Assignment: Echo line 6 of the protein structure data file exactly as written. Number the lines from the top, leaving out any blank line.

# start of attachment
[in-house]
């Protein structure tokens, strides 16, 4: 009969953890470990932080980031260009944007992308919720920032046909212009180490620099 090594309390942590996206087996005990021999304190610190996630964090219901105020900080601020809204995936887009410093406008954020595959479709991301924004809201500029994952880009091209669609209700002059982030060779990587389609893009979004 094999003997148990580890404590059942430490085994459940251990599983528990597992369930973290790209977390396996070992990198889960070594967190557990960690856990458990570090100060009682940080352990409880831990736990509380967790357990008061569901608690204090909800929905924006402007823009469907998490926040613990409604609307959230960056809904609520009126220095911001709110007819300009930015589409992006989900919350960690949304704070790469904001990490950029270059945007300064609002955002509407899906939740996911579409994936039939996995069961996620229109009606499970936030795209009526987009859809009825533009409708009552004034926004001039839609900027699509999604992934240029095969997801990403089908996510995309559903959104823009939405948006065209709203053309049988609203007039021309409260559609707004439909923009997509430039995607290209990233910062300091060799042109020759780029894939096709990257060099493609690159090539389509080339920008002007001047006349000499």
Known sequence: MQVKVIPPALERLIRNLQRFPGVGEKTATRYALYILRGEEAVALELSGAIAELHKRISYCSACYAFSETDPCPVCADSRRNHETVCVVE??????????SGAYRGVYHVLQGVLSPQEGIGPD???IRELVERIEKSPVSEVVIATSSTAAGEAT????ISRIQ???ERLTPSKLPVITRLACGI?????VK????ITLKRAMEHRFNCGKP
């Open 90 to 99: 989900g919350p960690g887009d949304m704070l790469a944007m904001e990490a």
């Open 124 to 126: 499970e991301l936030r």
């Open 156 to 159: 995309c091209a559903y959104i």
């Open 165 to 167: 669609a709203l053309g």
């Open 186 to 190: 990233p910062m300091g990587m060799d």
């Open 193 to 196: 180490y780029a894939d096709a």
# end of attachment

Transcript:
């Open 156 to 159: 995309c091209a559903y959104i």